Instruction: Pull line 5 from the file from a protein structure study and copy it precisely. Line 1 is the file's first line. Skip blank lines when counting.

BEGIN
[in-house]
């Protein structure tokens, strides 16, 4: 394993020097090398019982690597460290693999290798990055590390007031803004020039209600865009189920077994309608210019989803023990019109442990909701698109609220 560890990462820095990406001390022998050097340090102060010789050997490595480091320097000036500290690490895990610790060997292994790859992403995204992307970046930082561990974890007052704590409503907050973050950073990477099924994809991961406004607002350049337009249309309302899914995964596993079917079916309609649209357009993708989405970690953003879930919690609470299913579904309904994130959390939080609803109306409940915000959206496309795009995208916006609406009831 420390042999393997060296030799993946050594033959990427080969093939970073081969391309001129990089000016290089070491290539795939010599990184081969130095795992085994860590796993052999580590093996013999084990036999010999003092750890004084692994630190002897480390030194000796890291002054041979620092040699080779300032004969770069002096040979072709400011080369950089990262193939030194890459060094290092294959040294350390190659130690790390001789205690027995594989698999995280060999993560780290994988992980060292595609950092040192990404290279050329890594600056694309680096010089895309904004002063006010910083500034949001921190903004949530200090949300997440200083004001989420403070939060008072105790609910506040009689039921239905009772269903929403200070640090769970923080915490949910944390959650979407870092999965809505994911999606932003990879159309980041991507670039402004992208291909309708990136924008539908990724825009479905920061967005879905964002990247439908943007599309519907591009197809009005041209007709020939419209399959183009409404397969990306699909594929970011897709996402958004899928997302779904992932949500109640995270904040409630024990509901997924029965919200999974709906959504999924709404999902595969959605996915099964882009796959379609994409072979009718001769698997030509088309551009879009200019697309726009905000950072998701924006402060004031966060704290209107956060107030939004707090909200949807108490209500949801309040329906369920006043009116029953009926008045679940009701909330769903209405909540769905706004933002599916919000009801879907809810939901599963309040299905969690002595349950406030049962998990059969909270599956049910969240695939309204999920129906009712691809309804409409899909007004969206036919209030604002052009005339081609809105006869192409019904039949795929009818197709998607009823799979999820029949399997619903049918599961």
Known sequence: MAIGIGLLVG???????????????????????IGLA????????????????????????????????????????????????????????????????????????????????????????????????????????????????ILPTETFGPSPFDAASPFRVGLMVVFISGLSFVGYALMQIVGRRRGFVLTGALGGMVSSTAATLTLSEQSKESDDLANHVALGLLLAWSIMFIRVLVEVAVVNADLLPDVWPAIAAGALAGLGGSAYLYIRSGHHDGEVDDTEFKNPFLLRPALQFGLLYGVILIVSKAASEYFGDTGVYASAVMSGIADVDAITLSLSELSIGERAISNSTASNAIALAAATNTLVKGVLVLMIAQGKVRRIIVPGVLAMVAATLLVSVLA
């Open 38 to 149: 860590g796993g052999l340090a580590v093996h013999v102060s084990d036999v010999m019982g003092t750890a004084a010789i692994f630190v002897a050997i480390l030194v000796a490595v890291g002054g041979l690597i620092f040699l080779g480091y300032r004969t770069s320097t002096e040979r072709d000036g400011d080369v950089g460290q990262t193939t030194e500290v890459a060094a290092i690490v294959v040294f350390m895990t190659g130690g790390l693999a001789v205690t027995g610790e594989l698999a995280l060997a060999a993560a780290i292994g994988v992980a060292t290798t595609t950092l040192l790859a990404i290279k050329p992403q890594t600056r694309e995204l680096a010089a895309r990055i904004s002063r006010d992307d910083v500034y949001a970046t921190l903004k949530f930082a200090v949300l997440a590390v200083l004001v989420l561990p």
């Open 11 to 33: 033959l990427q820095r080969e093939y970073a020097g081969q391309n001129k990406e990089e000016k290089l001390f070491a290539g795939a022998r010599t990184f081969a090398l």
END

């Open 11 to 33: 033959l990427q820095r080969e093939y970073a020097g081969q391309n001129k990406e990089e000016k290089l001390f070491a290539g795939a022998r010599t990184f081969a090398l």